by Suad Abdoun
Every now and then, when I am driving through Isla Vista, blasting a random indie playlist, the song Daddy Issues by the NBHD will play and inevitably get stuck in my head for days. I have been thinking about the concept of “daddy issues” a lot as I examine insecurities I have and how I approach relationships, romantic or otherwise. The need for male validation is unfortunately a big part of being a woman. I have found that even though I consciously don’t care or want to care my subconscious begs to differ. Of course, the degree to which someone needs male validation varies from person to person. Often, women who have spent a good amount of time deconstructing these patriarchal ideologies are less inclined to conform to the male gaze and seek validation from men. And of course, the relationship women have with their fathers and other male figures in the formative years of their lives play a role in seeking out male validation and in other emotional and mental health issues. Before I transferred to UCSB, I was in a long-term relationship with an emotionally abusive guy who left me with a lot of trauma that I still find myself having to work through. It completely changed the way I viewed relationships and made me almost afraid to do it again. I don’t think I will seek out a long-term relationship again for a while because of this experience.
The important thing to note about my ex-boyfriend is that I ended up with him largely because of my so-called “daddy issues”. Growing up, my dad was always working and he wasn’t really around. He was also older, more traditional, and viewed a lot of things through a specific cultural lens. That’s not to say that I’m not grateful for all that my dad did to support our family growing up, but I suffered the consequences of having the stereotypical emotionally distant dad who was always angrier about my mistakes than loving me for who I was and the good things I accomplished. In high school, this came back to bite me in the ass when I continually sought out the affection of shitty guys to make up for the emotional void I had. All it did was cause me a bunch of heartbreak, and eventually, I settled for my now ex-boyfriend because he showed the slightest bit of interest and that was all I needed back then. Fast forward to now, I have thankfully worked through a lot of my issues regarding my need for male attention, but every now and then it comes back and I have to confront it again. It became more apparent again when I recently moved to Isla Vista.
After getting out of my relationship and moving here I was determined to have my fun little college “hoe” (in the most respectful way) experience. At first, I was having fun with it but I started to get frustrated with the lack of respect and the fact that it was harder and harder for me to find guys that showed a genuine interest in me and so I became obsessed with finding someone that was into me. A few weeks ago I was expressing my frustrations to my roommate and she told me to examine why I felt the way I did. I realized later that it was because in my mind I have never gotten validation from a man the way that I wanted it. In my eyes, it was something completely unattainable to me and therefore something I had to have. After telling her about my little self-revelations she made a really funny joke about daddy issues. We had a good laugh and after confronting this I felt a lot better. Ever since then I have just been chilling and enjoying life sans Tinder swiping. However, this whole experience made me think more about society’s views on daddy issues and how it affects women. There are many problems with the way that “daddy issues” are seen, portrayed, and talked about in our society.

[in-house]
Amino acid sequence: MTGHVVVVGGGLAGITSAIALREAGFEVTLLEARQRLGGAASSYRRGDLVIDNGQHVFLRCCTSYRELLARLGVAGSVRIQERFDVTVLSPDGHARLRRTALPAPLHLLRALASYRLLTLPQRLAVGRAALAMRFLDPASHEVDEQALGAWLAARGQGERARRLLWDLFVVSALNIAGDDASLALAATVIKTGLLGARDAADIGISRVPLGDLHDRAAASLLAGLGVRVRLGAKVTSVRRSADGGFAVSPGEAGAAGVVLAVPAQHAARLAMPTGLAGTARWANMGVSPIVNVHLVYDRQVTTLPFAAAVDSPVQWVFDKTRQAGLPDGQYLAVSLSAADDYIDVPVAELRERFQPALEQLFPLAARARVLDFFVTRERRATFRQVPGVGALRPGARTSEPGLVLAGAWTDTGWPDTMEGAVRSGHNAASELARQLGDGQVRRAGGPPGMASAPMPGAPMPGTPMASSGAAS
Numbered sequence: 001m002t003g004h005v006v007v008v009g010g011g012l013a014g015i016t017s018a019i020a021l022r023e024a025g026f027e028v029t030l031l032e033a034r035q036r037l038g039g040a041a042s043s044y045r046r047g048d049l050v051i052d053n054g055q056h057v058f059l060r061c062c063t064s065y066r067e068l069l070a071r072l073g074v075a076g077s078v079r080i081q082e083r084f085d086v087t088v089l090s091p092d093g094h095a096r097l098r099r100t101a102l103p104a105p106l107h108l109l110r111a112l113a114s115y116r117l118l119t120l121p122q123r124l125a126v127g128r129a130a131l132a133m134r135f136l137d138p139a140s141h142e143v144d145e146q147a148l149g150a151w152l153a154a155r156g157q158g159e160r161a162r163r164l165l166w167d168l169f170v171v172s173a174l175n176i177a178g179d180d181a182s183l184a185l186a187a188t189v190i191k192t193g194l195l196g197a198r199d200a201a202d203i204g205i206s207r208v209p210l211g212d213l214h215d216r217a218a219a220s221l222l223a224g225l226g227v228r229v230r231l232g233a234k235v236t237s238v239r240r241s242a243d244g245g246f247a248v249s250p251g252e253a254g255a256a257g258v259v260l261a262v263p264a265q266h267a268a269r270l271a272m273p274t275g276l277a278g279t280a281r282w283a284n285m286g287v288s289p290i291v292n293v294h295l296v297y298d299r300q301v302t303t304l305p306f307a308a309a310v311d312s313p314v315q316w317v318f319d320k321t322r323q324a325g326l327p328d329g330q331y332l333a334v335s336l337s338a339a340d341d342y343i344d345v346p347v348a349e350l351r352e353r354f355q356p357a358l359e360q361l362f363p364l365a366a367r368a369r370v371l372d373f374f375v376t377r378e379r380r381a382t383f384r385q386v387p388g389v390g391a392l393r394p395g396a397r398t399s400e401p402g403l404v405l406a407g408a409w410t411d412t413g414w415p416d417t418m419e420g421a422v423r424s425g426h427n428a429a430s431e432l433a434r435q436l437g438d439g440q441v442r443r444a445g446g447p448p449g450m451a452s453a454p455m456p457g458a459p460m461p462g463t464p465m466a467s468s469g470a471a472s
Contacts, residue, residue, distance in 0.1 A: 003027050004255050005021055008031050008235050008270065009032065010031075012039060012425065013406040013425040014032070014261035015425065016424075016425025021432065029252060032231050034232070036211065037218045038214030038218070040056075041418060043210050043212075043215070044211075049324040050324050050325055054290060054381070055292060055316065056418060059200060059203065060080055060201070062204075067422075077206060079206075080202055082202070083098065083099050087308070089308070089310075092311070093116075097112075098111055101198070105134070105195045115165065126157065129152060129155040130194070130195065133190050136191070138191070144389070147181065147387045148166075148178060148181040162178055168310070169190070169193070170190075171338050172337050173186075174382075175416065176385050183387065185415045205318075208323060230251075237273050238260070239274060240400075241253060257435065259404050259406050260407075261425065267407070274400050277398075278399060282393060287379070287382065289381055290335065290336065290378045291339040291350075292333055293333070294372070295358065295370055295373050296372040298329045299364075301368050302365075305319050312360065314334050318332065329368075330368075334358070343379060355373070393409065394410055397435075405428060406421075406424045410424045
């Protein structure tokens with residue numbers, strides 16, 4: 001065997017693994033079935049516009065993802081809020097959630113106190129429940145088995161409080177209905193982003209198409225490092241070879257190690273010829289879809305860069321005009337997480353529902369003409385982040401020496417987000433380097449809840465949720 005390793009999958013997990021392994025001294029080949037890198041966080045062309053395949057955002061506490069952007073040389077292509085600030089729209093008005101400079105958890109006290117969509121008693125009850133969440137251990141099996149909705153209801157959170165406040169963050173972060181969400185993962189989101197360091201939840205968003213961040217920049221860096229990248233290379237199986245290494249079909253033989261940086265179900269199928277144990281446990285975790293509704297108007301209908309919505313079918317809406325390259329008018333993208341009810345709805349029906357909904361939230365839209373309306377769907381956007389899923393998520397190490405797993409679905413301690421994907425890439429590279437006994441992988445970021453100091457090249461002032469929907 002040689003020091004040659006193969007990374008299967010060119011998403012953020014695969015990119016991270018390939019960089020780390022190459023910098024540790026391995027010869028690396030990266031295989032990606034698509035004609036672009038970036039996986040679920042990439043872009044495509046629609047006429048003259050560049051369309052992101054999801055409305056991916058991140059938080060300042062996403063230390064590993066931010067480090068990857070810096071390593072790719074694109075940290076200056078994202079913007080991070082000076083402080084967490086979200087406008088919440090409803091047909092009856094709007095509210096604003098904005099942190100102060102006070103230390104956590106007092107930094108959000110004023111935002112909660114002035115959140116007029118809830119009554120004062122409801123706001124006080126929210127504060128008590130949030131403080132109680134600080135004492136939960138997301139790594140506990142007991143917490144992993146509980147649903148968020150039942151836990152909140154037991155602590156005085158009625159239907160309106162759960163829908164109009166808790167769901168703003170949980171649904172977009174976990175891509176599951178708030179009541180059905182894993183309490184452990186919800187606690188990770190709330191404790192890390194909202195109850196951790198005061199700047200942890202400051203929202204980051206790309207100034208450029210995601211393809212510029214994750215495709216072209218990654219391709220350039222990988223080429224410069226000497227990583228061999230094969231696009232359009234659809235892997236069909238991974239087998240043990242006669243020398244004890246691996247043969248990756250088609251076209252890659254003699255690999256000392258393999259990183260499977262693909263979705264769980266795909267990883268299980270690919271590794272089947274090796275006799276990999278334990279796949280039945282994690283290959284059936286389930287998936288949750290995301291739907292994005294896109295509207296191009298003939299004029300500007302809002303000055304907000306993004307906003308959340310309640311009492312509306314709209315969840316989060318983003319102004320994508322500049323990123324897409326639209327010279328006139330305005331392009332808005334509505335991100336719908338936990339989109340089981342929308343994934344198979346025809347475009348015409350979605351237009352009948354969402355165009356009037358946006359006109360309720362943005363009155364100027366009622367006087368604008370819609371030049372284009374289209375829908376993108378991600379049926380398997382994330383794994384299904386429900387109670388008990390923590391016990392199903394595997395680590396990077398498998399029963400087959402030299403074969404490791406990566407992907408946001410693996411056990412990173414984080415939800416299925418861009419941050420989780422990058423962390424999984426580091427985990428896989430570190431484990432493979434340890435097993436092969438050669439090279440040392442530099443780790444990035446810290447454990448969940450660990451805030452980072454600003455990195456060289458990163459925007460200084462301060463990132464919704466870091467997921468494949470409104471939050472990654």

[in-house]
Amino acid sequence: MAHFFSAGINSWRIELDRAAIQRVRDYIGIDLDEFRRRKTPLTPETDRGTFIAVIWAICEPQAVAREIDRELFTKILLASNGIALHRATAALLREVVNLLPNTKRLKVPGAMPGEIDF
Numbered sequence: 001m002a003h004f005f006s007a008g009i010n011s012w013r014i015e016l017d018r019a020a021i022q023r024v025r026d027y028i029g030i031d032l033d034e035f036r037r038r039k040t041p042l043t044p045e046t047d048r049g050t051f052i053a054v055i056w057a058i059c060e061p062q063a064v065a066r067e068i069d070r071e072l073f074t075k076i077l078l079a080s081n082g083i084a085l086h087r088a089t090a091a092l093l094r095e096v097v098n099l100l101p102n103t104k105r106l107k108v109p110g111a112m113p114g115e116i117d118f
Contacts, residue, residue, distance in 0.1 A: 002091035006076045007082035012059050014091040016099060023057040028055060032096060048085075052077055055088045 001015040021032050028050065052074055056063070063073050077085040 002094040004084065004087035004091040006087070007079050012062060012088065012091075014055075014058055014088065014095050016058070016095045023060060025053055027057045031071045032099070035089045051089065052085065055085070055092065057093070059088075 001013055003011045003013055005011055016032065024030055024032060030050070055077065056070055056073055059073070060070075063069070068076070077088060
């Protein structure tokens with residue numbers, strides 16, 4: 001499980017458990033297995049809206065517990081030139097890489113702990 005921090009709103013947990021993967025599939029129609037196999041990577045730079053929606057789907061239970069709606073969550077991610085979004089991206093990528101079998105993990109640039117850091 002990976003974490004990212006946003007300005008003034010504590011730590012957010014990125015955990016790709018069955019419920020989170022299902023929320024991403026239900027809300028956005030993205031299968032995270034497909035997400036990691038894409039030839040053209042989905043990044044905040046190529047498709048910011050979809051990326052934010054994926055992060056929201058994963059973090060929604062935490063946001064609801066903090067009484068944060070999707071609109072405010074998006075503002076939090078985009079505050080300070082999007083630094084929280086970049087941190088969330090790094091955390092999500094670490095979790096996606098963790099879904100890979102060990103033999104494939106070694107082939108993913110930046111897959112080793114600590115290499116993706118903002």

First, most importantly, is by telling a girl that she has daddy issues it places the blame on her for a situation that is out of her control. It is absolutely not anyone’s fault that they have an emotionally neglectful or abusive parent. Furthermore, having emotional issues and insecurities that cause a person to behave a certain way because of this is nothing to be ashamed of. This is a textbook example of blaming women for the moral failings of the men in their lives. Second, it perpetuates a dangerous cycle of men taking advantage of women who they view as “weaker” and “damaged” because of their previous experiences with men. I saw this a lot in high school when guys in my grade would date girls younger than them. They would tell all their friends about how their girlfriend had “daddy issues” like it was a badge of honor when in reality it was just easier for them to manipulate and take advantage of girls that just wanted to have an emotional connection with someone.
Third, this attitude also leads to the slut shaming of women who spend a lot of time pursuing men due to issues with male validation. There is absolutely nothing wrong with wanting to sleep around, wanting to be in a relationship, or bouncing from one relationship to the next. More importantly, it’s no one’s business what someone else does with their lives. And while I advocate for mental health treatments like therapy because it is important to take care of yourself, there’s no need to shame someone for behaving in a certain way due to past trauma. Finally, there is a huge issue with the romanticization of daddy issues. With the rise of social media aesthetics like the resurgence of Tumblr and lolita-core, it is important to be aware of the concepts that we are making trendy. It’s not cute or aesthetic to have mental health issues or trauma and by making it a trend we are deciding that it is socially acceptable for men to continue treating women badly. The moral of the story is that we need to stop victim-blaming women for the mental and physical abuse that men put them through. The cycle needs to stop somewhere and it’s up to us to do our best to deconstruct patriarchal ideals and stand up for each other when society doesn’t stand up for us.